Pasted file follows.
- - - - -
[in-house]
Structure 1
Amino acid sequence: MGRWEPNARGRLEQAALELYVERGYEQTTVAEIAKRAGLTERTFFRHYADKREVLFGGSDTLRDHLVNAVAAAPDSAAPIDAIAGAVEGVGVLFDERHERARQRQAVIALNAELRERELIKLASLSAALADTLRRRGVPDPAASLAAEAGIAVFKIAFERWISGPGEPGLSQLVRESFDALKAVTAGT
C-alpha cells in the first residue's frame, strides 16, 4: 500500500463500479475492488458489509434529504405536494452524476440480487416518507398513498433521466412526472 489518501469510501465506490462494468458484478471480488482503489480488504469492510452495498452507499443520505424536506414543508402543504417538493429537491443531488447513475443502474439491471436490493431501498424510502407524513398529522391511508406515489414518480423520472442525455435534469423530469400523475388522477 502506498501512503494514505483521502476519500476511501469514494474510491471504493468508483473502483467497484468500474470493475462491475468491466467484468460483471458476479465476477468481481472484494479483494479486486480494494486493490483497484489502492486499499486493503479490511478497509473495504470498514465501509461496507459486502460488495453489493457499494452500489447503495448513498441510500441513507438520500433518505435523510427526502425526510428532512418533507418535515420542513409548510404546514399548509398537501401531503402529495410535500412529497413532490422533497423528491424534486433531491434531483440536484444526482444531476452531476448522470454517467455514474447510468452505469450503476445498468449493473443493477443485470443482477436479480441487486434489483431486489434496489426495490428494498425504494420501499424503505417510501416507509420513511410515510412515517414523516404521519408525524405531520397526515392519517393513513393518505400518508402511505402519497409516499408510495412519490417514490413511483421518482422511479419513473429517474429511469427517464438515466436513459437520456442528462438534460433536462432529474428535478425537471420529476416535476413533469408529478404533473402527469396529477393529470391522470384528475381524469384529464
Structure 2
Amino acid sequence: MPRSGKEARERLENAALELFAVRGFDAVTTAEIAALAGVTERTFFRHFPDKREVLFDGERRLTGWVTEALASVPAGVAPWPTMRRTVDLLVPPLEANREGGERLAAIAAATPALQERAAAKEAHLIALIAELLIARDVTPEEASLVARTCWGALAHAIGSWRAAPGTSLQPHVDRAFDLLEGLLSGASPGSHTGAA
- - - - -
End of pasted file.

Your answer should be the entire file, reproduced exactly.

[in-house]
Structure 1
Amino acid sequence: MGRWEPNARGRLEQAALELYVERGYEQTTVAEIAKRAGLTERTFFRHYADKREVLFGGSDTLRDHLVNAVAAAPDSAAPIDAIAGAVEGVGVLFDERHERARQRQAVIALNAELRERELIKLASLSAALADTLRRRGVPDPAASLAAEAGIAVFKIAFERWISGPGEPGLSQLVRESFDALKAVTAGT
C-alpha cells in the first residue's frame, strides 16, 4: 500500500463500479475492488458489509434529504405536494452524476440480487416518507398513498433521466412526472 489518501469510501465506490462494468458484478471480488482503489480488504469492510452495498452507499443520505424536506414543508402543504417538493429537491443531488447513475443502474439491471436490493431501498424510502407524513398529522391511508406515489414518480423520472442525455435534469423530469400523475388522477 502506498501512503494514505483521502476519500476511501469514494474510491471504493468508483473502483467497484468500474470493475462491475468491466467484468460483471458476479465476477468481481472484494479483494479486486480494494486493490483497484489502492486499499486493503479490511478497509473495504470498514465501509461496507459486502460488495453489493457499494452500489447503495448513498441510500441513507438520500433518505435523510427526502425526510428532512418533507418535515420542513409548510404546514399548509398537501401531503402529495410535500412529497413532490422533497423528491424534486433531491434531483440536484444526482444531476452531476448522470454517467455514474447510468452505469450503476445498468449493473443493477443485470443482477436479480441487486434489483431486489434496489426495490428494498425504494420501499424503505417510501416507509420513511410515510412515517414523516404521519408525524405531520397526515392519517393513513393518505400518508402511505402519497409516499408510495412519490417514490413511483421518482422511479419513473429517474429511469427517464438515466436513459437520456442528462438534460433536462432529474428535478425537471420529476416535476413533469408529478404533473402527469396529477393529470391522470384528475381524469384529464
Structure 2
Amino acid sequence: MPRSGKEARERLENAALELFAVRGFDAVTTAEIAALAGVTERTFFRHFPDKREVLFDGERRLTGWVTEALASVPAGVAPWPTMRRTVDLLVPPLEANREGGERLAAIAAATPALQERAAAKEAHLIALIAELLIARDVTPEEASLVARTCWGALAHAIGSWRAAPGTSLQPHVDRAFDLLEGLLSGASPGSHTGAA